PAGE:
Gallery 5: Nabataean Life

Not only rock-cut facade tombs but also dwelling of the Nabataean have been found in and around Raqmu (Petra). This exhibition sheds light on the Nabataean living space and lifestyle, mainly through artifacts from the Nabataean Villa in Wadi Musa and az-Zantur, and a reconstruction of a winter banquette hall (triclinium). The exhibition also focuses on the unique style Nabataean painted pottery, which is thought to have been used mainly for religious ceremonies, through the display of representative examples.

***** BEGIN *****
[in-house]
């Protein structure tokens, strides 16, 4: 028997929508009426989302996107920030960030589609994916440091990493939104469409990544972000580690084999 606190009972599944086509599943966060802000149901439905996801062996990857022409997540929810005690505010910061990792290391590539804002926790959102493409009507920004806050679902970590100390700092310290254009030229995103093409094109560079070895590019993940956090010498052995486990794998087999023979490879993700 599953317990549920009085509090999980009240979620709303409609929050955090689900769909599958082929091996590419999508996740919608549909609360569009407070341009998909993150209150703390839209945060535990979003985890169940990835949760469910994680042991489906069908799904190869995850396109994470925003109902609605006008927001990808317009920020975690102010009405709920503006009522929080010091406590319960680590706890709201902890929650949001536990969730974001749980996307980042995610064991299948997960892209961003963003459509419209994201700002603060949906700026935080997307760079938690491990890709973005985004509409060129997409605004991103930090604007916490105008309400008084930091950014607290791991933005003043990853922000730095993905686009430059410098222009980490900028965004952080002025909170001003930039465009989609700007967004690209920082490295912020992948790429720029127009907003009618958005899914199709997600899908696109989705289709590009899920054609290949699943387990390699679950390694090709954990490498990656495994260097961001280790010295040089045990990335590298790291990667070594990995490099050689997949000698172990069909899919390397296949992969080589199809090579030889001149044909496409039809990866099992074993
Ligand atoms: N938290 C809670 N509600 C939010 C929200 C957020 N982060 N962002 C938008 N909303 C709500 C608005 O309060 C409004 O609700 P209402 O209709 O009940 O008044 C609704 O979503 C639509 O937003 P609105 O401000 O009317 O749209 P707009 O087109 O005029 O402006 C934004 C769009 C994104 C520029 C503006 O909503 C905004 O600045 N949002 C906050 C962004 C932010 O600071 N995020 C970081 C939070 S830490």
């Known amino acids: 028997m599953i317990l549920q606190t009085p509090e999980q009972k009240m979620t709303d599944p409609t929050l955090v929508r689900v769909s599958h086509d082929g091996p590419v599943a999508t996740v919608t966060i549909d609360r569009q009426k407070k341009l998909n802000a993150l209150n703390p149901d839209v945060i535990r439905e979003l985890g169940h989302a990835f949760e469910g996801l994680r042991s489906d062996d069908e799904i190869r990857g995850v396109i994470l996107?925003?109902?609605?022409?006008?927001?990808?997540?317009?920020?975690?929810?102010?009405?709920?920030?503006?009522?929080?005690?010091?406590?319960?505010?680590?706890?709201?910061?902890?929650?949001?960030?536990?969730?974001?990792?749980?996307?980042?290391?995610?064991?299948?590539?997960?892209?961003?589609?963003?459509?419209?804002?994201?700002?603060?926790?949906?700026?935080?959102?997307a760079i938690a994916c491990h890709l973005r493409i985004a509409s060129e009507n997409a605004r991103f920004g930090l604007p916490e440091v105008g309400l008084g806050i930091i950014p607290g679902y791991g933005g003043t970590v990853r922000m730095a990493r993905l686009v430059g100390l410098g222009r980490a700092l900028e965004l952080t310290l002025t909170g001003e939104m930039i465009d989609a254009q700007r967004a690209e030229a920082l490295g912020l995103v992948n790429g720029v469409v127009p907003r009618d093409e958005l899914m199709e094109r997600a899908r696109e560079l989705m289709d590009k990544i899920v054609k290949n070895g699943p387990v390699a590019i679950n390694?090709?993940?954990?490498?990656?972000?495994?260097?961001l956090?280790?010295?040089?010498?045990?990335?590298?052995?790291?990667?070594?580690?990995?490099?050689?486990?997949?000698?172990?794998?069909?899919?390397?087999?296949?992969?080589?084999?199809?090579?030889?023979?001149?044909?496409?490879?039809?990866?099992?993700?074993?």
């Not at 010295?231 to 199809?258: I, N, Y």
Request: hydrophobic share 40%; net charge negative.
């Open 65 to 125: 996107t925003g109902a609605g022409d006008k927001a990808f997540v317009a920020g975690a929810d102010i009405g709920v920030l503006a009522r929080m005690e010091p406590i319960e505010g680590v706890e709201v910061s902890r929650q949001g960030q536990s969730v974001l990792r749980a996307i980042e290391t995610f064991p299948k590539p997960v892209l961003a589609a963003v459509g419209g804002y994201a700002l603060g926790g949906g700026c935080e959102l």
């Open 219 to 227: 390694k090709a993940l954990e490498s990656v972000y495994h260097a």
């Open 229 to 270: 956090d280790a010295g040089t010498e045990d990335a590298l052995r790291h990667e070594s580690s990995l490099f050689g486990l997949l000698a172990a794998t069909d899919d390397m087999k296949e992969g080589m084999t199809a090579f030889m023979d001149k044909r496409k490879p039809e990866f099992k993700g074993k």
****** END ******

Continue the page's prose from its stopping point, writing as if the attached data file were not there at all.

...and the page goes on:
Fragment of a Mosaic Floor

This mosaic floor, in black and white, relates to the oldest known mosaic floor in Jordan (dated to the 1st century BC, from Mukawir to the south of Madaba), which implies that the Nabataeans knew the art of mosaics at a relatively early period, although they did not use it extensively.

This mosaic floor must have adorned a rich villa. It was found during infrastructure construction work in Wadi Musa.

Gaia-Wadi Musa

Nabataean (early 1st century AD)

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